We’re used to seeing him on the field in his whites, but now Burnley paceman James Anderson is showing off a new look, writes Simone O'Kane
HE’S spent more than two decades wearing ‘unflattering’ whites, but now it’s time for East Lancashire’s famous cricketing son, James Anderson, to show off his slender 6ft 2in frame in the clothes that make him look and feel good.
This week the England and Lancashire bowler, launched his own exclusive menswear collection with top fashion label, Chess London, designed specifically for men of an athletic build.
“I have always been interested in fashion so I approached the company to do a collection a couple of years ago and they were happy to get me on board. I think it’s important that the clothes I design are my own and they are targeted to men with a specific build,” says James who was born and raised in Burnley.
“It’s basically for the athletic build but the clothes aren’t just for athletes,” laughs James. “It’s just nice fitting clothes that look good.”
His collection is produced from fine British and Italian fabrics and is tailored to his taste, with prices ranging from £49 to £325.
“I am tall and quite slim and I have always found it can be quite difficult to find clothes that fit you well or find trousers that are long enough,” says James, a former St Theodore’s School pupil.
“I have been heavily involved in the whole process, from initial sketches and compiling the mood board to designing each piece and editing the collection, which has been an incredible experience. After a few meetings I had to pick some samples and finalise the designs. They are really comfortable and cool pieces and I am pleased.”
He’s also the face of his new fashion line, although it’s not his first time in front of the camera as a model, as James became the first cricketer to model naked for Britain's biggest-selling gay magazine, Attitude, in 2010 to highlight the cricket world’s opposition to homophobia.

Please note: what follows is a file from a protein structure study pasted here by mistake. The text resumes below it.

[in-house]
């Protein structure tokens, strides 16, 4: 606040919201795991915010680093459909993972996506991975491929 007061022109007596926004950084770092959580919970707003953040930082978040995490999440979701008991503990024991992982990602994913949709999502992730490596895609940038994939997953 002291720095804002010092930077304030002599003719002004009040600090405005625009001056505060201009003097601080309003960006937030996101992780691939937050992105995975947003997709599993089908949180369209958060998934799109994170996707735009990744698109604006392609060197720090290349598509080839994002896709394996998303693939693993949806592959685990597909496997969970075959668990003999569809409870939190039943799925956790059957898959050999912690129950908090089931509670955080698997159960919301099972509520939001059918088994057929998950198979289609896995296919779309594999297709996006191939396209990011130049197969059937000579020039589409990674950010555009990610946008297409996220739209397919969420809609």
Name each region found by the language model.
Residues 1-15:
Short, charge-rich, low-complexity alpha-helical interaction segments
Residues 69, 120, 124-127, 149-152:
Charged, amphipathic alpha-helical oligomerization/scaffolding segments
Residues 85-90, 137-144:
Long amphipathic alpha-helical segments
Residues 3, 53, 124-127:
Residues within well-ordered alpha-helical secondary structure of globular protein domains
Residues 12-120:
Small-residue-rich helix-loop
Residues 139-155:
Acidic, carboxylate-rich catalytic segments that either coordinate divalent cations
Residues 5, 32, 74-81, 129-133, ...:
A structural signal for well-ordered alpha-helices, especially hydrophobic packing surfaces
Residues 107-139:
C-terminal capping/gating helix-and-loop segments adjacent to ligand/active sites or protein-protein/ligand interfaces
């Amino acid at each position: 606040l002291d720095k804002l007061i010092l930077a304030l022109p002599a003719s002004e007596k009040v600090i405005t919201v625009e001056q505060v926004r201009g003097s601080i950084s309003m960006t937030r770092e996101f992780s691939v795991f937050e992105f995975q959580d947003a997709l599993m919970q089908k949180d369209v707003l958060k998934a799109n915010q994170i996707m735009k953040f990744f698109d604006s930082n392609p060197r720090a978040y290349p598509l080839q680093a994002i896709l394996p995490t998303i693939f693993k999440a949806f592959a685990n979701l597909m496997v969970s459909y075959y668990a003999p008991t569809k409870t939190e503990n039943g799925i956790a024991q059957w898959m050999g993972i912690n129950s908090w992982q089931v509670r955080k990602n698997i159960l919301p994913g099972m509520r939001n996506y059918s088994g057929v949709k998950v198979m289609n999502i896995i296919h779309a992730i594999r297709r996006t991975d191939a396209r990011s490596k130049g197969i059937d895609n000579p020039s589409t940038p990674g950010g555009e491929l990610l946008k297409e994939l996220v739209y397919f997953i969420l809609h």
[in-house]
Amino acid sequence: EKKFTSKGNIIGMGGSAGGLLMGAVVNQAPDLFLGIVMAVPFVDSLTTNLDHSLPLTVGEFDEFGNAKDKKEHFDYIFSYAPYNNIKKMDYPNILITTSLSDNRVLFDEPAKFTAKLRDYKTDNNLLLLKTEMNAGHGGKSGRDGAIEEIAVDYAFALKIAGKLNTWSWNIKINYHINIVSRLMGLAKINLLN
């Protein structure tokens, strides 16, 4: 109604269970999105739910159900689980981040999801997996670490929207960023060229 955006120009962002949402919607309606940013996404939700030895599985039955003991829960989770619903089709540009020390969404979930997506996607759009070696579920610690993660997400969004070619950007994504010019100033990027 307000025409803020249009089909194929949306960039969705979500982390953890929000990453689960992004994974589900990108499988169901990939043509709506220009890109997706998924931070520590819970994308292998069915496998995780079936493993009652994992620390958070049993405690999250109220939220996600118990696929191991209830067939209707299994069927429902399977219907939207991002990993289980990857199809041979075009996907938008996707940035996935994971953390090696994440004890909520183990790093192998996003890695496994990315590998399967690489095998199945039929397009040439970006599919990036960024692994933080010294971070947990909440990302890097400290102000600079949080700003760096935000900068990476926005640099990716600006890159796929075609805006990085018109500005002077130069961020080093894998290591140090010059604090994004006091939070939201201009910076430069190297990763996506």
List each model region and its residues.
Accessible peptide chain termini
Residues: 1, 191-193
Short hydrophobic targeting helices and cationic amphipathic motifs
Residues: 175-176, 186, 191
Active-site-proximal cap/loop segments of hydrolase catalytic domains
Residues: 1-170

This time around, the 31-year-old looks dapper, modelling items from his collection, including a check dinner suit, as well as going for a more provocative look as he poses in a cherry coloured shirt drenched from a dip in the swimming pool. And despite taunts from his England team mates, James says he can handle them.
“The swimming pool idea was put to me and at first I was a bit sceptical but the shoot went really well. I can handle the banter from the lads, it makes me laugh and I think it’s quite funny. They all like to look smart and they have been given some samples. Recently they have given me some great positive feedback so it’s something I enjoy laughing about it,” says James who is a patron of Nordoff Robbins, a specialist music charity, dedicated to transforming the lives of vulnerable children and adults across the UK.
James, also known as Jimmy on the field, says he had a childhood dream to be a cricketer, after watching his dad Michael play for his home team, Burnley.
At 17 those dreams started to become a reality and he became one of the fastest bowlers in the Lancashire League, From there professional success and a regular England place followed .
And although he’s now branching out into the fashion business, plans for a redesign of England’s cricket attire haven’t crossed the athlete’s mind yet.
“I think the cricket strip is the most unflattering sportswear of the lot and it doesn’t look good,” he said. “We will have to see how my fashion career goes,” laughs James.
When he’s not designing clothes or travelling the world with the England team, James spends time with his wife Daniella, a former model and the mother of his two children, Lola and Ruby.
“My wife has been kind of involved and she has a good eye for fashion.,” he says. “I have asked for her opinion but that’s as far as it goes.
When it comes to his clothes. James is pretty self sufficient.
“ I do live out of a suitcase and when I am away I pack a lot as I like to have options,” he said. “I don’t want to borrow a T-shirt off somebody so I make sure I have enough.”
While he’s still committed to cricket, he admits the future as a player is inevitably going to come to an end and he wants to add as many strings to his bow as possible.
“I think it’s good to have different options and that’s what’s good about this launch. If I can carry it on for a few years it will be great. I have not yet made up my mind or made a decision. I may also take the punditry route after my career or I could carry on playing and come back to Burnley, you just never know.”